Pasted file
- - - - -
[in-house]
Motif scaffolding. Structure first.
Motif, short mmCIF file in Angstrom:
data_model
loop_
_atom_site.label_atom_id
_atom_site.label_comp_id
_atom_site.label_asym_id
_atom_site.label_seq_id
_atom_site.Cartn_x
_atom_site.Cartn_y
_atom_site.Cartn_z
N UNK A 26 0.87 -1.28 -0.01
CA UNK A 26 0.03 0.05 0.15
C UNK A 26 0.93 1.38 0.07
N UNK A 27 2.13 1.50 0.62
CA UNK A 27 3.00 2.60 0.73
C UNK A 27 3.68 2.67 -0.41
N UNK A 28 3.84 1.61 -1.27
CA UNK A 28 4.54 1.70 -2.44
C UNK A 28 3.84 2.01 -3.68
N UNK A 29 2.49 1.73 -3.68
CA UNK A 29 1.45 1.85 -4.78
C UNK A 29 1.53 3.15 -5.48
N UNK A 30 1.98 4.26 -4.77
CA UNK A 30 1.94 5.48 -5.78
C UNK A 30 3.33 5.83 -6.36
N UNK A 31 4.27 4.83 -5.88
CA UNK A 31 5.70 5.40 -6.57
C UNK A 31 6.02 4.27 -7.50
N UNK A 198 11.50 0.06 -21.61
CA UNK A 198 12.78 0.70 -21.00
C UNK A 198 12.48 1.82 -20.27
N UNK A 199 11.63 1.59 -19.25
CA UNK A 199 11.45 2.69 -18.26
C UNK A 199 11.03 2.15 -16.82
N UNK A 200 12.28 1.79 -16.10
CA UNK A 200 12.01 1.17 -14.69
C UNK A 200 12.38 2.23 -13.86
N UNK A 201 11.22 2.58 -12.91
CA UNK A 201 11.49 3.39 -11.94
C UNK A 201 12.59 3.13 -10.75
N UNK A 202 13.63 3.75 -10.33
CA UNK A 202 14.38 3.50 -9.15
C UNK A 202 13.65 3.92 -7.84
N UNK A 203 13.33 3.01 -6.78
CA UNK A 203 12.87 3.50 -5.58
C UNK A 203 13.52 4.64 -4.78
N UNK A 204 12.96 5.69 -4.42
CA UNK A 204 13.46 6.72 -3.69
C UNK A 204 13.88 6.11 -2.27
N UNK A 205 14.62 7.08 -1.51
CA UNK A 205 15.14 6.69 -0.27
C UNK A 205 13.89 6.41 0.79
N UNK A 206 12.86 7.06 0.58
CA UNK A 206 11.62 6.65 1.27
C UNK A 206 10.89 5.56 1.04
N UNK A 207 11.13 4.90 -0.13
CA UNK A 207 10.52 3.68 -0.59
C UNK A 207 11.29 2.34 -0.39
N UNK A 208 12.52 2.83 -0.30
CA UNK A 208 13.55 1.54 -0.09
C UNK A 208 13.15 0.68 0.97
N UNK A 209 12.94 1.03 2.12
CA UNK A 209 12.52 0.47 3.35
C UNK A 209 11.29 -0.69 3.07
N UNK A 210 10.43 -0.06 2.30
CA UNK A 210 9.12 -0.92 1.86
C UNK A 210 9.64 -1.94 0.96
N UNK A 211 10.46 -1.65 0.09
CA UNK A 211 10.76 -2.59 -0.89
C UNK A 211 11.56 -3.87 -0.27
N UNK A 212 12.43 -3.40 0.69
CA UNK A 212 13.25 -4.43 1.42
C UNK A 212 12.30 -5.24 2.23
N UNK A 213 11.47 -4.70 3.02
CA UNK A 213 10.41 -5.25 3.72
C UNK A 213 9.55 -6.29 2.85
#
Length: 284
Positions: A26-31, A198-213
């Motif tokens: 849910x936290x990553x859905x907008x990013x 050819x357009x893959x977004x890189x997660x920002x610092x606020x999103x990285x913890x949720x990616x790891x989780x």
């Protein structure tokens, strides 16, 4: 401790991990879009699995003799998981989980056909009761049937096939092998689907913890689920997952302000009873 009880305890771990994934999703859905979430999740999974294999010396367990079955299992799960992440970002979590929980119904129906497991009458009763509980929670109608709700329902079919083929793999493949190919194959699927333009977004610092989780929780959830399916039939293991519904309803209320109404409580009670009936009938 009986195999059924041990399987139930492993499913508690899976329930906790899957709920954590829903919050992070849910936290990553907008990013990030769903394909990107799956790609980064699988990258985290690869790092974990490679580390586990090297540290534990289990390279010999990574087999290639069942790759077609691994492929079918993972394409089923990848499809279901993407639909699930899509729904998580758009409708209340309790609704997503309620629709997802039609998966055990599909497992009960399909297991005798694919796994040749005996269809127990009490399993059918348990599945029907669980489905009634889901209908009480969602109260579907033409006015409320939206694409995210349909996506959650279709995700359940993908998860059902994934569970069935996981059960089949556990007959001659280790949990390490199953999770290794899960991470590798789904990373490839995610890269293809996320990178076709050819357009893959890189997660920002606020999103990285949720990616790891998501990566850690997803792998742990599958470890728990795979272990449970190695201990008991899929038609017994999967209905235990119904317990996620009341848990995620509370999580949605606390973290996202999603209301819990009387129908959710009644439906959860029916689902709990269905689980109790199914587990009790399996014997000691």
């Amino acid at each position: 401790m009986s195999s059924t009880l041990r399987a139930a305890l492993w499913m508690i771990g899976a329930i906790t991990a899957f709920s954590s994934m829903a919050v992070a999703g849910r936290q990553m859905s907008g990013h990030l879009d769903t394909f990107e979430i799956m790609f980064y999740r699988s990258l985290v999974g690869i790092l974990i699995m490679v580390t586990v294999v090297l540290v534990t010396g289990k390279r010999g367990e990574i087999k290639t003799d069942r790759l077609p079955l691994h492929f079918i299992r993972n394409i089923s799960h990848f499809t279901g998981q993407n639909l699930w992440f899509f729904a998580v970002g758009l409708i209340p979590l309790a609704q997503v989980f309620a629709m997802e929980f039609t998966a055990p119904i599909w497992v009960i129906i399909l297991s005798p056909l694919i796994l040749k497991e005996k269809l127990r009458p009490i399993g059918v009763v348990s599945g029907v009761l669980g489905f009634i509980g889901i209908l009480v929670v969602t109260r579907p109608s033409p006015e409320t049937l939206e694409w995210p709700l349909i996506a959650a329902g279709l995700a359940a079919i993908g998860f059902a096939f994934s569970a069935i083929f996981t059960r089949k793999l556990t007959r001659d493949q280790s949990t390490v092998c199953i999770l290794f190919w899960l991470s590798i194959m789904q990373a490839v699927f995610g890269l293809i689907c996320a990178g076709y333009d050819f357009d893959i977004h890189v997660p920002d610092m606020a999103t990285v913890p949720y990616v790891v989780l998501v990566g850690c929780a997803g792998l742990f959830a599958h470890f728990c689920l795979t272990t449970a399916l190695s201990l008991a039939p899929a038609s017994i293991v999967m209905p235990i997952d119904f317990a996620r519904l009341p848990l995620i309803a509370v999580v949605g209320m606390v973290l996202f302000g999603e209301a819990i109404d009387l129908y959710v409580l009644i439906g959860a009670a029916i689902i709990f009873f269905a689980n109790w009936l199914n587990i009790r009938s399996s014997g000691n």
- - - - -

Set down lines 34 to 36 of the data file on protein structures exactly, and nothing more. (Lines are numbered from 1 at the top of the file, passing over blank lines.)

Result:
N UNK A 199 11.63 1.59 -19.25
CA UNK A 199 11.45 2.69 -18.26
C UNK A 199 11.03 2.15 -16.82